Interview with David Speers, ABC Insiders

Transcript
12 Jan 2020
Prime Minister
E&OE

DAVID SPEERS: Prime Minister, welcome.

PRIME MINISTER: Thank you David.

SPEERS: You have acknowledged the anger directed towards you during this bushfire crisis, you have not yet acknowledged any fault though on your part, will you take this opportunity now to accept that you could have done more to heed the warnings and prepare for this?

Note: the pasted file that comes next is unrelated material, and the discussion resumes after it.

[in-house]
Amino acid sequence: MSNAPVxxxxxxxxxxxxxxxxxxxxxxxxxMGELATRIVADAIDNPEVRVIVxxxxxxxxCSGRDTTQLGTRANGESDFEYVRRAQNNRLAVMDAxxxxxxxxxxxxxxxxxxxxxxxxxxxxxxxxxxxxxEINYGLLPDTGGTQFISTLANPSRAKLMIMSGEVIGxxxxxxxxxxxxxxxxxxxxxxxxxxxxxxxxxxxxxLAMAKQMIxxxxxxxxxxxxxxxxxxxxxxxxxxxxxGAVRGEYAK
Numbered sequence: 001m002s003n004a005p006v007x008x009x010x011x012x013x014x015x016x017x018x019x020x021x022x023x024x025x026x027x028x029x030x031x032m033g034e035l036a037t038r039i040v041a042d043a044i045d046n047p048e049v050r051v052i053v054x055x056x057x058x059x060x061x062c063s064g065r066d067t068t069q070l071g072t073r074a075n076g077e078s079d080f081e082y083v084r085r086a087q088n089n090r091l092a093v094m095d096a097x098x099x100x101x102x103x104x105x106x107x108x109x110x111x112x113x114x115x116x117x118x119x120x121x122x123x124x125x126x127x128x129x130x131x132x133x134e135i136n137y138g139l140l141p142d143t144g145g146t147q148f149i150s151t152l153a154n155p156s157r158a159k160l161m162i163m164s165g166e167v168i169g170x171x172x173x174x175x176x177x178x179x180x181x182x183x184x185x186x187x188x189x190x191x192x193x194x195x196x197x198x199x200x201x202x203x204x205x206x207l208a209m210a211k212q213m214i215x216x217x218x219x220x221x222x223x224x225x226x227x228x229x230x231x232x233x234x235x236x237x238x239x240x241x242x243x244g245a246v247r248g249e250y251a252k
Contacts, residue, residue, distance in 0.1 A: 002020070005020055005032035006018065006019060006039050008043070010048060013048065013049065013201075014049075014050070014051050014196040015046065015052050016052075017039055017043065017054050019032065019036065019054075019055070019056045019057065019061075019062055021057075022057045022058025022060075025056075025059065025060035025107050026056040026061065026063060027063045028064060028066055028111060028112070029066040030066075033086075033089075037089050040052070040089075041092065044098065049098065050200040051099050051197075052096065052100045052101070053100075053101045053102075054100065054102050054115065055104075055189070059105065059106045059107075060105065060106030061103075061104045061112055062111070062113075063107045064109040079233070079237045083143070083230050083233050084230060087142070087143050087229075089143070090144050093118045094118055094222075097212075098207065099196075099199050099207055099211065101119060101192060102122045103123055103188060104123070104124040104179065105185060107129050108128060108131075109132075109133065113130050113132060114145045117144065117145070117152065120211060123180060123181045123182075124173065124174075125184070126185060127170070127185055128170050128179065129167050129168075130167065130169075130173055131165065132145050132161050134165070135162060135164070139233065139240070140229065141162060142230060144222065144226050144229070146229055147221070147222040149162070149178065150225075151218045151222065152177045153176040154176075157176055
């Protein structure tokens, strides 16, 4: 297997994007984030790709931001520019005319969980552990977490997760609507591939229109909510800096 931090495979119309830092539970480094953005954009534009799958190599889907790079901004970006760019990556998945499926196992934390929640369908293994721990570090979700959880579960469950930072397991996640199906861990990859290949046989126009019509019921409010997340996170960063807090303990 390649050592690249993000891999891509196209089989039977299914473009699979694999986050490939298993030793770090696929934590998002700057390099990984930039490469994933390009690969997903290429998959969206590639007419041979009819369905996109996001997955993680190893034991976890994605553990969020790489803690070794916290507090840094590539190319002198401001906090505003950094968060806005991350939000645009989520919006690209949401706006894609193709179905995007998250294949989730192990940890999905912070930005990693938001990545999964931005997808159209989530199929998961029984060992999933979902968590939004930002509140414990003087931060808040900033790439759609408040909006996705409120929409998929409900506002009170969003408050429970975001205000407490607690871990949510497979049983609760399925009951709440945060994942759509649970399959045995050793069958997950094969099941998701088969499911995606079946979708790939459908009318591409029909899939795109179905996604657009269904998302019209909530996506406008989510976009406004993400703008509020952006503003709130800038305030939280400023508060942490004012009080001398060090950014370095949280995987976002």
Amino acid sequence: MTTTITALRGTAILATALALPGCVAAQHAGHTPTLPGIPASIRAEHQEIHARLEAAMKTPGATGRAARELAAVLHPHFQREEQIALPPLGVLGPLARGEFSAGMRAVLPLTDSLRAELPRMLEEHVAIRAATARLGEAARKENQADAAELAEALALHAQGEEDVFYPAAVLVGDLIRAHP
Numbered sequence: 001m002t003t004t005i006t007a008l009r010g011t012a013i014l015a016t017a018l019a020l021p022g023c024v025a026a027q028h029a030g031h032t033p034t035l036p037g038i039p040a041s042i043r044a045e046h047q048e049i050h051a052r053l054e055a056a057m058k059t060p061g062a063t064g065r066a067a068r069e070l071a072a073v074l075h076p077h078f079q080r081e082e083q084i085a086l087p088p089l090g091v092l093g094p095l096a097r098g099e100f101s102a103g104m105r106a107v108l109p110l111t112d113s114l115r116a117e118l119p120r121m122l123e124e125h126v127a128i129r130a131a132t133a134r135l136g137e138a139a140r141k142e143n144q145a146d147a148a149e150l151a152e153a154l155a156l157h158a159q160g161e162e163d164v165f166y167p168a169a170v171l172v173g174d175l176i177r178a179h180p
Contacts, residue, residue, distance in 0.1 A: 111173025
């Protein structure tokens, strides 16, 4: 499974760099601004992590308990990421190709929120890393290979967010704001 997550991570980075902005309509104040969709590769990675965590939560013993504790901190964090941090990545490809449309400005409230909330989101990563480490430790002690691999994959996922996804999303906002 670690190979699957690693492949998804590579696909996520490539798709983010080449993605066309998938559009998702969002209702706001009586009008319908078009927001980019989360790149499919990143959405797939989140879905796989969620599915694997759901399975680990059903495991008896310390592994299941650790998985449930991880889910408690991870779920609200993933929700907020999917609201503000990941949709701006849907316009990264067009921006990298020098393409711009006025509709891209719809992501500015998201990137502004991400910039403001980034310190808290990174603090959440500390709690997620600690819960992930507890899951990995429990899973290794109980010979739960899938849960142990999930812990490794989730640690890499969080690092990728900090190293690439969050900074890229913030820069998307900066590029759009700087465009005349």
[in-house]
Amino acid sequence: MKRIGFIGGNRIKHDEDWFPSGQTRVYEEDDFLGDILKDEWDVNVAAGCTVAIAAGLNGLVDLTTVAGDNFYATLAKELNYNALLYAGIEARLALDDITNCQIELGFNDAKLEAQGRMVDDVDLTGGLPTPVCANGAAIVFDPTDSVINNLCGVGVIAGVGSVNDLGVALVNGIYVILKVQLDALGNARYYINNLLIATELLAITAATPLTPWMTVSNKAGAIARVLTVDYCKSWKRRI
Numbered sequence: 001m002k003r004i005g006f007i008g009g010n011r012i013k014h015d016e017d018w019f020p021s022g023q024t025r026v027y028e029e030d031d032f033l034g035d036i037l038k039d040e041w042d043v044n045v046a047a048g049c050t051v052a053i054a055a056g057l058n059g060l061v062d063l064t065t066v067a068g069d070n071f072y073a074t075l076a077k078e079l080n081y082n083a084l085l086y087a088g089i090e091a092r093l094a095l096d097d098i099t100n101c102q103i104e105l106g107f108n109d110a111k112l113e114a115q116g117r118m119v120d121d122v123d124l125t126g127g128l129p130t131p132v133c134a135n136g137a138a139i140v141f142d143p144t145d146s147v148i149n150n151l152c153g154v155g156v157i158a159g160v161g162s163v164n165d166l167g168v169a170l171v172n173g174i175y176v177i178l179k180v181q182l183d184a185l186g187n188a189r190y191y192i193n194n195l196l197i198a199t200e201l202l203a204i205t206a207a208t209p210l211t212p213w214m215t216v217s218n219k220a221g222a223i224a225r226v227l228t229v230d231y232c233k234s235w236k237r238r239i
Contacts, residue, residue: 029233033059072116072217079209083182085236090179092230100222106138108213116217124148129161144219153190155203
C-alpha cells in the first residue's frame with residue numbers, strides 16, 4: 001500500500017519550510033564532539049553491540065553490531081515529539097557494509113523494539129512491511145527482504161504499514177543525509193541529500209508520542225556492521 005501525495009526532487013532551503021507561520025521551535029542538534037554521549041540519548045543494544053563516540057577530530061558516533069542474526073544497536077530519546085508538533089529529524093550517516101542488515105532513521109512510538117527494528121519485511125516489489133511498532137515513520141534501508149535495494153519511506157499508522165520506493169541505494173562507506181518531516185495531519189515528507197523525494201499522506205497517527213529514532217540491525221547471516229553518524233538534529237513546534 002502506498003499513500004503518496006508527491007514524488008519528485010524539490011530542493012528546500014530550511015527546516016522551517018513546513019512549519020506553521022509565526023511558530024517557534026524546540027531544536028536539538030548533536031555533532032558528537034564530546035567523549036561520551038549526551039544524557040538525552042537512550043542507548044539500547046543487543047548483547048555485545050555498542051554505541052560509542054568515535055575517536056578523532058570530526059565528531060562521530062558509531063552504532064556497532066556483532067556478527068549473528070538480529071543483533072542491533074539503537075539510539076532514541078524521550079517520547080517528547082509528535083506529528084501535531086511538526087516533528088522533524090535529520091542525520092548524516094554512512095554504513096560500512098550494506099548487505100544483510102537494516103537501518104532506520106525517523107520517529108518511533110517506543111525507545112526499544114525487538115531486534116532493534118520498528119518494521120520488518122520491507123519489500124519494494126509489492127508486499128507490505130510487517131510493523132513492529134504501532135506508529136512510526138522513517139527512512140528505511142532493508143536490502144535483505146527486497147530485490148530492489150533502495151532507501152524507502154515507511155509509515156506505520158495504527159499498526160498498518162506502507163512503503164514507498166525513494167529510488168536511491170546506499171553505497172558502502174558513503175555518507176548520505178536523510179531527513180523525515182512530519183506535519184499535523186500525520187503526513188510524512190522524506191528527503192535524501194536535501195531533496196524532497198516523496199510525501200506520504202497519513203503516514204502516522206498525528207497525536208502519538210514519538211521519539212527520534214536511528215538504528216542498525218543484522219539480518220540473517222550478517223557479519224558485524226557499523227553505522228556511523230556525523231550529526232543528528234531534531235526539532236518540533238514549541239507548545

PRIME MINISTER: Well let me start off David by saying this national crisis has seen the loss of 28 lives and another confirmed overnight in Victoria which is terribly sad. The response that has been provided to these fires and led by our state governments has been absolutely extraordinary, I have no doubt that without their preparations and the support they were provided in those preparations, going into this unprecedented season as it’s been described, we would have seen even further losses, as tragic as the ones that we’ve had. Over 2,000 homes, but again I suspect that because of the amazing response that has been provided on the ground at these fires, many many more homes would have been lost and I think it’s important to acknowledge that the response to these fires that has been led by our state agencies because that’s the way this is done, has been exemplary and I want to thank all those volunteers. And for all of those leaders who have been involved in those processes from the local bushfire captain all the way through. The other thing that I think that has come through David as we’ve seen as I’ve been on the ground, there- the sheer sense of loss, pain, hurt, grief, frustration, fear indeed, particularly well away from the fires where we’ve seen also that terrible loss of the young girl as the result of an asthma attack. This has I think, created an environment where people for the first time I think, arguably, have wanted to see a more direct involvement of the Federal Government in responding to these national disasters. Now that’s relatively new and you could argue it was new. And that was not something that was recommended going into this fire season. That there’d be any change to the Federal Government’s direct role in responding to a national disaster. But I will happily concede that having gone through these recent weeks, that I think there is a very new appetite, a very new expectation for that to occur. Now I think that raises some other issues and that is, well on what basis, under what rules, how does it happen? The defence force’s engagement from- in the fire response and particularly recovery and support since September has been strong, when I was up with them in Canungra in September. That has flowed all the way through. But the other thing David I’d say is, there are things that I could have handled on the ground much better. These are very raw emotional environments and I’ve got to say, 95 per cent or there about of the responses I’ve had in these cases have been very positive and very appreciative. But David these are sensitive environments, they are very emotional environments. Prime Ministers’ are flesh and blood too and how they engage with people. But when I went in to these places, I went there in the good faith and with Jenny on occasions, to provide what comfort and consolation I could. But they were very strained environments and I think we need to think a little harder about how we do those, I mean I’ve had many I think very effective visits where we’ve been away from the cameras as well, I think that makes people a lot more able to engage with you. And look you know, there have been some things we’d do differently and you’d learn from every event. But the most important thing is the action we have now taken and the steps we are now taking to recovery.